Newsweek’s Best Maternity Care Hospitals demonstrate the highest performance in the United States as verified by the 2020 Leapfrog Hospital SurveyDesignated hospitals meet Leapfrog’s rigorous standards for excellence in maternity care — including low rates of C-section, episiotomy (an incision to enlarge the vaginal opening for childbirth) and early elective delivery — and follow important protocols to protect moms and babies, among other measures. Additionally, all honored hospitals must have earned either an A, B or not scored on the Fall 2020 Leapfrog Hospital Safety Grade.

For more detail on methodology and a complete list of designated maternity care programs, visit Newsweek’s “Best Maternity Hospitals 2021.”

About Kaiser Permanente

For 75 years, Kaiser Permanente has been committed to shaping the future of health and health care — and helping our members, patients and communities experience more healthy years. We are recognized as one of America’s leading health care providers and not-for-profit health plans. Since July 21, 1945, Kaiser Permanente’s mission has been to provide high-quality, affordable health care services and to improve the health of our members and the communities we serve. We currently serve 12.4 million members in eight states and the District of Columbia. Care for members and patients is focused on their total health and guided by their personal Permanente Medical Group physicians, specialists and team of caregivers. Our expert and caring medical teams are empowered and supported by industry-leading technology advances and tools for health promotion, disease prevention, state-of-the-art care delivery and world-class chronic disease management. Kaiser Permanente is dedicated to care innovations, clinical research, health education and the support of community health. http://about.kaiserpermanente.org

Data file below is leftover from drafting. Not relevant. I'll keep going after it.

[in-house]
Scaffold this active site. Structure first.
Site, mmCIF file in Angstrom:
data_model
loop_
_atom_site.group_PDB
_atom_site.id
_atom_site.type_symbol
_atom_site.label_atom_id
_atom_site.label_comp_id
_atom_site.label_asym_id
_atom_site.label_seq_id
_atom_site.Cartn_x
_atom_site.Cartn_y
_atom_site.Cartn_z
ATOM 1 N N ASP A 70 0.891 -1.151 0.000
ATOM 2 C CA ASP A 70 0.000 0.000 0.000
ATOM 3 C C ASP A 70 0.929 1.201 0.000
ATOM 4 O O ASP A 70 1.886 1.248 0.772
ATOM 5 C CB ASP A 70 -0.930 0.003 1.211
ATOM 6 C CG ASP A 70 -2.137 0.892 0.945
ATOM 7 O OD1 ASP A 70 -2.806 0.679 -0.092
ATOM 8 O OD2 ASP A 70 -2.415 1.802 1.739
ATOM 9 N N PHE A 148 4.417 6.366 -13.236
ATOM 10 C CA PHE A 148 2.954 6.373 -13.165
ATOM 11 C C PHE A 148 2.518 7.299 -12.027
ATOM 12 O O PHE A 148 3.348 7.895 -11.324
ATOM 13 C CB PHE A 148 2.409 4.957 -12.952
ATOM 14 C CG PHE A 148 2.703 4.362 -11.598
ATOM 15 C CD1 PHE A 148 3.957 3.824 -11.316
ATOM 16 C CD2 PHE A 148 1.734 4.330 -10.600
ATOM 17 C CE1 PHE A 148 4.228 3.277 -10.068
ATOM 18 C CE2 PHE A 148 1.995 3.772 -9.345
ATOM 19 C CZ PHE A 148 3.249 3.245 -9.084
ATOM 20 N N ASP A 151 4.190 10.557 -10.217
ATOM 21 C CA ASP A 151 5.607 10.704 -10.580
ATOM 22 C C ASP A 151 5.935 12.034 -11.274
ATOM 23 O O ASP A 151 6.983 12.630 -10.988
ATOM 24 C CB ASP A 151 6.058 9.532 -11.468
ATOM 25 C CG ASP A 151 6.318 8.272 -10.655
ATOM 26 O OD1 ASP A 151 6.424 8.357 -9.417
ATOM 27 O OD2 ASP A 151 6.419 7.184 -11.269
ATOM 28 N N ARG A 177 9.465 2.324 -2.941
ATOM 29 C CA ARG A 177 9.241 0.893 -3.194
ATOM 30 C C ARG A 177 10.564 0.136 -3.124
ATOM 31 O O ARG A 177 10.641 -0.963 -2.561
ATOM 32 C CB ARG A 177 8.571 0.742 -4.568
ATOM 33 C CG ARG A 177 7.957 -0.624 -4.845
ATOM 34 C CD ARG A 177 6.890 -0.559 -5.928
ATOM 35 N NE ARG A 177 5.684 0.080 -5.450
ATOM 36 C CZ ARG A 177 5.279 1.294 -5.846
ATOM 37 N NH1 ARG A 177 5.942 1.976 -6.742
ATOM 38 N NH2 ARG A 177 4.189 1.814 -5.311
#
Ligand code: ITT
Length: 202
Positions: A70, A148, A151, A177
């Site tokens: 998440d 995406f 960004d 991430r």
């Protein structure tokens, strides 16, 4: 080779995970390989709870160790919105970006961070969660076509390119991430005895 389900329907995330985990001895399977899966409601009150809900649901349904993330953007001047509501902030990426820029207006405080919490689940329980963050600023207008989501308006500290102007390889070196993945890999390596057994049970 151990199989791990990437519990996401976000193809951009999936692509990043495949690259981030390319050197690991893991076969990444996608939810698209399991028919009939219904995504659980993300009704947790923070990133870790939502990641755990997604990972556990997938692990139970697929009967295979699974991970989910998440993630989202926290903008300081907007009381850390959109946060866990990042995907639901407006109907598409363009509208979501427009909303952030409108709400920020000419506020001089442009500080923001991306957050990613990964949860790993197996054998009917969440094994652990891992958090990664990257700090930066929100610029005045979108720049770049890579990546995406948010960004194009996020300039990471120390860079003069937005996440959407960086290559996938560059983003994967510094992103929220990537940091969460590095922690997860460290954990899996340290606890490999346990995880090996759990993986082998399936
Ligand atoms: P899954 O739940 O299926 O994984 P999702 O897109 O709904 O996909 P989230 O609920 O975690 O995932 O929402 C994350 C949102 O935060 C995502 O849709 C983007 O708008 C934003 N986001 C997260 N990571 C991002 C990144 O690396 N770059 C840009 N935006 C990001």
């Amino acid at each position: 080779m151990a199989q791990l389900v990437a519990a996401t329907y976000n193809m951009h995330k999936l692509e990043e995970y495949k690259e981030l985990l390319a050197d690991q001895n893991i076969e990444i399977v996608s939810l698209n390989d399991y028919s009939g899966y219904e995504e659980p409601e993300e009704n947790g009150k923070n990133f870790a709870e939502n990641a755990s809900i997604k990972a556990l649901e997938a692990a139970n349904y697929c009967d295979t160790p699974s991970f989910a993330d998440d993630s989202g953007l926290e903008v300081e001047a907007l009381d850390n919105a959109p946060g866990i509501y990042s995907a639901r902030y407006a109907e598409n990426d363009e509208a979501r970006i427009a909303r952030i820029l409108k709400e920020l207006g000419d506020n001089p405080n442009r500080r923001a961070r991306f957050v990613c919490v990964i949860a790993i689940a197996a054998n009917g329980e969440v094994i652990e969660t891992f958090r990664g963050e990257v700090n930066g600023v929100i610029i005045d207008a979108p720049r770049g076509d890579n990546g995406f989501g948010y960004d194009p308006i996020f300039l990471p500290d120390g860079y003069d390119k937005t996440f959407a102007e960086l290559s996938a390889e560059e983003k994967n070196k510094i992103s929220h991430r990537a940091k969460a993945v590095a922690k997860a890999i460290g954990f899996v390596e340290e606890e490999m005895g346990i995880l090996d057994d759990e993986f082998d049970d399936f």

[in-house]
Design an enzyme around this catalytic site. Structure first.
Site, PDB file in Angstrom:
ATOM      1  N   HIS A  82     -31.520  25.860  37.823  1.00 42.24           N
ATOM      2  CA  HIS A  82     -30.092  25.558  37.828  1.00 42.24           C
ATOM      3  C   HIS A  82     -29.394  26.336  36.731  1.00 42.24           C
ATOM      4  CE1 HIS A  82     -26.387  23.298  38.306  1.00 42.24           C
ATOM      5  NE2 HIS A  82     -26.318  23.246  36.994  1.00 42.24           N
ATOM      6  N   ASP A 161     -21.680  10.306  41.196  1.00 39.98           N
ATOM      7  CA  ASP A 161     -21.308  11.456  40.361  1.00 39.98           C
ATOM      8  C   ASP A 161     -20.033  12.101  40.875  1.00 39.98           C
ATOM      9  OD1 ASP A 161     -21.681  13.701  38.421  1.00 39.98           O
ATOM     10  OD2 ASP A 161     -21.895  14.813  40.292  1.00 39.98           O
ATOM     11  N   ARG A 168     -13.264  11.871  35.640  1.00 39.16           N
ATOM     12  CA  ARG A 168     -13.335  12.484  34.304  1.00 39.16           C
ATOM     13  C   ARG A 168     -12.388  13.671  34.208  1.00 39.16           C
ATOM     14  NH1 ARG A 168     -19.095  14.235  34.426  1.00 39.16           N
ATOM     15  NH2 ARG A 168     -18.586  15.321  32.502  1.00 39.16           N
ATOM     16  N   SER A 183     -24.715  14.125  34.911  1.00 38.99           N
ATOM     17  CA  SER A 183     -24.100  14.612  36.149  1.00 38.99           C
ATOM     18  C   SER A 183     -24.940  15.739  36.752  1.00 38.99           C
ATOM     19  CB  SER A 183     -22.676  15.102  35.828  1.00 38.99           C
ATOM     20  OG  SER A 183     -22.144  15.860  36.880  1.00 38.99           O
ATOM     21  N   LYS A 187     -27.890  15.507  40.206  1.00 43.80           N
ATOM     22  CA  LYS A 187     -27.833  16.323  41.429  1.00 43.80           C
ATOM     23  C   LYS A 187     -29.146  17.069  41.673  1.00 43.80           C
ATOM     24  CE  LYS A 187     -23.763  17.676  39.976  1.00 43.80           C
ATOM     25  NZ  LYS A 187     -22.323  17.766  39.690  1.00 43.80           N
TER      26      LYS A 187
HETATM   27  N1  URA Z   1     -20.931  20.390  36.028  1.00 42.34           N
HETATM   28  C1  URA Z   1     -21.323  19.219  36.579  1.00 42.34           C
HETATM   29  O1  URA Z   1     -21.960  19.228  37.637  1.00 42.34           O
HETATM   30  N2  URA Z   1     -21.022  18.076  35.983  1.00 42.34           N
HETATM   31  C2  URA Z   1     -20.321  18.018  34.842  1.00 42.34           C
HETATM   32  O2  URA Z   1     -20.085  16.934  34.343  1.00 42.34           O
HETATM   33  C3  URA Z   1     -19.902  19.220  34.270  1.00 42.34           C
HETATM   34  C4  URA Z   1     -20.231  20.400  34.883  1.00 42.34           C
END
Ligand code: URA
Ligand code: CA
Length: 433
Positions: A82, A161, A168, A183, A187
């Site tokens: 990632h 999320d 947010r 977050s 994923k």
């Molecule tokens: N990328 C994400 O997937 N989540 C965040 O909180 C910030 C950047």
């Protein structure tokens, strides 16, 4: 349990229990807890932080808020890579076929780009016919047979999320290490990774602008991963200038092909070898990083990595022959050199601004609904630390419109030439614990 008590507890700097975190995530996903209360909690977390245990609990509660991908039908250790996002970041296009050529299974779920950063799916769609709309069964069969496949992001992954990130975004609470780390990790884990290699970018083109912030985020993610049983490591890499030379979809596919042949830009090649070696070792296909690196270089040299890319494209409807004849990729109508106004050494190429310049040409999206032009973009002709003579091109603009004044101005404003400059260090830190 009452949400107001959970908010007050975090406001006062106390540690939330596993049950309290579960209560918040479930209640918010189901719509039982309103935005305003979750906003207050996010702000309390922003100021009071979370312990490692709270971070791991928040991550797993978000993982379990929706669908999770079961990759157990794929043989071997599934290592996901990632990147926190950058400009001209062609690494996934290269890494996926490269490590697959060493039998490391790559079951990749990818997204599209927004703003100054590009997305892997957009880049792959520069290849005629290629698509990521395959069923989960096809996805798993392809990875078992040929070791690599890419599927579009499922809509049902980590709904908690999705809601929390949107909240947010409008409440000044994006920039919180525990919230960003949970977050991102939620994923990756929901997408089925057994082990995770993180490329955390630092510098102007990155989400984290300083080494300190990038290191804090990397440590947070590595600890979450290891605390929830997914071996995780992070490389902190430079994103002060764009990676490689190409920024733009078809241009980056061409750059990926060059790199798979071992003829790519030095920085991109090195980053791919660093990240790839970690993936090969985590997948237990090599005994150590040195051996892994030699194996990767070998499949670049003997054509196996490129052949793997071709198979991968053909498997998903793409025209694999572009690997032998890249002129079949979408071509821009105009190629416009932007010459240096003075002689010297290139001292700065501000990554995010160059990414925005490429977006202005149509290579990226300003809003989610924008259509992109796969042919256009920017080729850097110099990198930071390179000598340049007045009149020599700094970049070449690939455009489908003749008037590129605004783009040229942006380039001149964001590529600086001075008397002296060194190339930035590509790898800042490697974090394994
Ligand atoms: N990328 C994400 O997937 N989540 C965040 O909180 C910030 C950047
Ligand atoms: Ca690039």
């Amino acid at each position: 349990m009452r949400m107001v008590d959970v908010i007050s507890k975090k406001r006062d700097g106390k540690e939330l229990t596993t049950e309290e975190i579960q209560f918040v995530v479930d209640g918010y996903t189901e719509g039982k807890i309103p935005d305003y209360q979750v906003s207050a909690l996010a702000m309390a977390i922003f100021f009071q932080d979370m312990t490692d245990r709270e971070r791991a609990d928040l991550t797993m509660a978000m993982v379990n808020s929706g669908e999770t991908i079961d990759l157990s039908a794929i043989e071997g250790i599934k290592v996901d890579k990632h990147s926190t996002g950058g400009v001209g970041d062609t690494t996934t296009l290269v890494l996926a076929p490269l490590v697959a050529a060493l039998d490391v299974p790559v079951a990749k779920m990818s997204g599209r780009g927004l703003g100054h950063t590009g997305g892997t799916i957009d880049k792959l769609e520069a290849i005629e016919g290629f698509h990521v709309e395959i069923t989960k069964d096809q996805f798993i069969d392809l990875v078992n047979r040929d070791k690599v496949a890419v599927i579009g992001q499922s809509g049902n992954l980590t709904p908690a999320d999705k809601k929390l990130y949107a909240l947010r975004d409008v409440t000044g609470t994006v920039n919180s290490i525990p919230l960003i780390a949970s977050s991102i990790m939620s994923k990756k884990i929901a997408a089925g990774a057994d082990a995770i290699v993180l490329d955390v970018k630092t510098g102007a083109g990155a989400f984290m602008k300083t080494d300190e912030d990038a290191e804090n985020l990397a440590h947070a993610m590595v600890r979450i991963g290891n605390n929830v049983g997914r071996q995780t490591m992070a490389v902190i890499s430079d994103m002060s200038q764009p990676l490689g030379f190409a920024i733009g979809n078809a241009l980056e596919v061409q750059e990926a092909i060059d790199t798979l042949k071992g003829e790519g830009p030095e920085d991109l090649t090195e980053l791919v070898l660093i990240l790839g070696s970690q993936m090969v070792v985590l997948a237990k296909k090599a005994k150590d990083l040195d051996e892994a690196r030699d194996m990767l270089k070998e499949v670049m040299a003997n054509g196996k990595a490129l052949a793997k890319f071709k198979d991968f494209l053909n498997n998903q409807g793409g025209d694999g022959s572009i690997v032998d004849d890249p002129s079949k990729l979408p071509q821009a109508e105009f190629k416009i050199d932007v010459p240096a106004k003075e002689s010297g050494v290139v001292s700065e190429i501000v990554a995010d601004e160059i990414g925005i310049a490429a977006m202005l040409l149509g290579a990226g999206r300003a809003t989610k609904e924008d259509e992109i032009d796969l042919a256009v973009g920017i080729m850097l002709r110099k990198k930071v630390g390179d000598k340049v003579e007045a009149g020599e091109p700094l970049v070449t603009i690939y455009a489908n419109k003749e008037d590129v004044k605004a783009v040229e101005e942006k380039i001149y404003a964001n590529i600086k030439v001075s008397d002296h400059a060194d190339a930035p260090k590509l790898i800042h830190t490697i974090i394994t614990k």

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Contra Costa extends COVID-19 vaccine eligibility to essential workers

Thursday, February 18th, 2021

Teachers, grocery workers and other frontline essential workers who live in Contra Costa County can now sign up to receive safe, effective COVID-19 vaccine at no cost to them.

Contra Costa Health Services (CCHS) today updated its eligibility policy for COVID-19 vaccine to extend vaccination eligibility to residents who work in the education and childcare sector, food and agriculture workers, and emergency services workers as defined by Phase 1B of California’s vaccination plan.

“We are committed to protecting all of our educators by ensuring they can access the COVID-19 vaccine,” said Diane Burgis, chair of the Contra Costa Board of Supervisors. “It is critical that we prioritize the health and well-being of all the essential workers who have cared for us and our families throughout the pandemic.”

Residents in these groups, as well as county residents who are 65 years and older who have not yet been vaccinated, can sign up to access state and federal sites through MyTurn (myturn.ca.gov) or by calling 1-833-422-4255.

Essential workers and residents 65 years and older can also request immunization appointments through CCHS and join the county waiting list for COVID-19 vaccine. However, due to a temporary reduction in vaccine supply from the state, all appointments at county sites are filled through the next two weeks at least.

People who need to cancel an existing appointment or who received a first dose of vaccine through CCHS and need to make a second-dose appointment should call 1-833-829-2626.

When more appointments do become available, CCHS will continue to prioritize county residents who are 65 or older as well as eligible essential workers, particularly those who live or work in the local communities most heavily affected by the pandemic.

CCHS continues to move forward with a workplace-based outreach effort to immunize essential workers in high-risk jobs in the county’s hardest-hit communities, including food and agriculture workers. Workers at sites selected for the program will be contacted by their employers.

For more information about Contra Costa’s response to the COVID-19 pandemic including information about COVID-19 vaccine eligibility and appointments, visit cchealth.org/coronavirus.

 

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Cancer Support Community SF Bay Area awarded grant from Stanford to address impact of cancer on underserved populations

Thursday, February 18th, 2021

Black cancer patients of Antioch satellite center opened last year will benefit

By Alexandra Rubin, Director of Communications

Walnut Creek-based Cancer Support Community San Francisco Bay Area (CSC) is honored to be awarded a Community Partnership Seed Grant from the Stanford Cancer Institute.

CSC staff, along with CSC board member and Stanford physician, Anjali Sibley, MD, MPH, will conduct a qualitative needs assessment identifying the psychosocial needs of Black cancer patients and their families and barriers to accessing services.

“We are so grateful to the Stanford Cancer Institute for their generosity in making this important work possible,” says Dr. Sibley.